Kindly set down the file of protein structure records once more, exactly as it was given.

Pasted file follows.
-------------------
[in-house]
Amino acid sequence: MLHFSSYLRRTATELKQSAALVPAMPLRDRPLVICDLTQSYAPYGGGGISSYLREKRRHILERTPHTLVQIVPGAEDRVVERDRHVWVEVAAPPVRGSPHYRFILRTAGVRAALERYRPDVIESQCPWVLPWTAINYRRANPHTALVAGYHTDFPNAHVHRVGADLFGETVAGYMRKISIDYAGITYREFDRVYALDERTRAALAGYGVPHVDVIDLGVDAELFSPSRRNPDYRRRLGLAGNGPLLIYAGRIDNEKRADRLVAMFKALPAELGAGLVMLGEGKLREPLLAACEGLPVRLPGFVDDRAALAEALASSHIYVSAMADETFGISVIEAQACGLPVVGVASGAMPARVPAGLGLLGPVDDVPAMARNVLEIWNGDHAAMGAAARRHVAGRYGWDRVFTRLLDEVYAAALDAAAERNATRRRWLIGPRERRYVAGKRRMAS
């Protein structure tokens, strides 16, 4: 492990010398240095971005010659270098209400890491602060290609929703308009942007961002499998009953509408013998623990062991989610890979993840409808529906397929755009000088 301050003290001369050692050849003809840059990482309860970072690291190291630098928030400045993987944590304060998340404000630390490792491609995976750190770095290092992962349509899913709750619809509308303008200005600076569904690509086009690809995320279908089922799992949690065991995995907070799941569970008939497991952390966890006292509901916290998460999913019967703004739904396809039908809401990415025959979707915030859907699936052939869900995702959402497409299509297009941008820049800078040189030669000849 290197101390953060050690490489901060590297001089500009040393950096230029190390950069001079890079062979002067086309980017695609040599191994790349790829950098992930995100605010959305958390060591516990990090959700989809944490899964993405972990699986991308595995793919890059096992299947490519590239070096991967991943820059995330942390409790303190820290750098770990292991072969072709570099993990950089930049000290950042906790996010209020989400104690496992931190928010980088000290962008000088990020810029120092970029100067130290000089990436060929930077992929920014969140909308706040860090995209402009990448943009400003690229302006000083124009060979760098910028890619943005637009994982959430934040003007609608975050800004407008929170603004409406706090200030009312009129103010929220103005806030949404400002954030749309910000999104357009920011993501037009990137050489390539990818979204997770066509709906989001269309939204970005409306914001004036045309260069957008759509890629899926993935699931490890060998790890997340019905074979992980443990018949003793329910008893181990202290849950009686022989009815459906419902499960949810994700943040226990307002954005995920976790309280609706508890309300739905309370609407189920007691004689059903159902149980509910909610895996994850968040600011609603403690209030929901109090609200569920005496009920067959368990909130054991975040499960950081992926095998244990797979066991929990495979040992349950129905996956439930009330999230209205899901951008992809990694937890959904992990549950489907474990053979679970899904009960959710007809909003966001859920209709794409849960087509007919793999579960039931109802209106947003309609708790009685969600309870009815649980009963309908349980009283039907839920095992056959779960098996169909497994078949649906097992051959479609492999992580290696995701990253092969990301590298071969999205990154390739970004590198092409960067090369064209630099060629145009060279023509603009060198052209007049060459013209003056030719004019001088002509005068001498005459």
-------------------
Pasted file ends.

[in-house]
Amino acid sequence: MLHFSSYLRRTATELKQSAALVPAMPLRDRPLVICDLTQSYAPYGGGGISSYLREKRRHILERTPHTLVQIVPGAEDRVVERDRHVWVEVAAPPVRGSPHYRFILRTAGVRAALERYRPDVIESQCPWVLPWTAINYRRANPHTALVAGYHTDFPNAHVHRVGADLFGETVAGYMRKISIDYAGITYREFDRVYALDERTRAALAGYGVPHVDVIDLGVDAELFSPSRRNPDYRRRLGLAGNGPLLIYAGRIDNEKRADRLVAMFKALPAELGAGLVMLGEGKLREPLLAACEGLPVRLPGFVDDRAALAEALASSHIYVSAMADETFGISVIEAQACGLPVVGVASGAMPARVPAGLGLLGPVDDVPAMARNVLEIWNGDHAAMGAAARRHVAGRYGWDRVFTRLLDEVYAAALDAAAERNATRRRWLIGPRERRYVAGKRRMAS
């Protein structure tokens, strides 16, 4: 492990010398240095971005010659270098209400890491602060290609929703308009942007961002499998009953509408013998623990062991989610890979993840409808529906397929755009000088 301050003290001369050692050849003809840059990482309860970072690291190291630098928030400045993987944590304060998340404000630390490792491609995976750190770095290092992962349509899913709750619809509308303008200005600076569904690509086009690809995320279908089922799992949690065991995995907070799941569970008939497991952390966890006292509901916290998460999913019967703004739904396809039908809401990415025959979707915030859907699936052939869900995702959402497409299509297009941008820049800078040189030669000849 290197101390953060050690490489901060590297001089500009040393950096230029190390950069001079890079062979002067086309980017695609040599191994790349790829950098992930995100605010959305958390060591516990990090959700989809944490899964993405972990699986991308595995793919890059096992299947490519590239070096991967991943820059995330942390409790303190820290750098770990292991072969072709570099993990950089930049000290950042906790996010209020989400104690496992931190928010980088000290962008000088990020810029120092970029100067130290000089990436060929930077992929920014969140909308706040860090995209402009990448943009400003690229302006000083124009060979760098910028890619943005637009994982959430934040003007609608975050800004407008929170603004409406706090200030009312009129103010929220103005806030949404400002954030749309910000999104357009920011993501037009990137050489390539990818979204997770066509709906989001269309939204970005409306914001004036045309260069957008759509890629899926993935699931490890060998790890997340019905074979992980443990018949003793329910008893181990202290849950009686022989009815459906419902499960949810994700943040226990307002954005995920976790309280609706508890309300739905309370609407189920007691004689059903159902149980509910909610895996994850968040600011609603403690209030929901109090609200569920005496009920067959368990909130054991975040499960950081992926095998244990797979066991929990495979040992349950129905996956439930009330999230209205899901951008992809990694937890959904992990549950489907474990053979679970899904009960959710007809909003966001859920209709794409849960087509007919793999579960039931109802209106947003309609708790009685969600309870009815649980009963309908349980009283039907839920095992056959779960098996169909497994078949649906097992051959479609492999992580290696995701990253092969990301590298071969999205990154390739970004590198092409960067090369064209630099060629145009060279023509603009060198052209007049060459013209003056030719004019001088002509005068001498005459």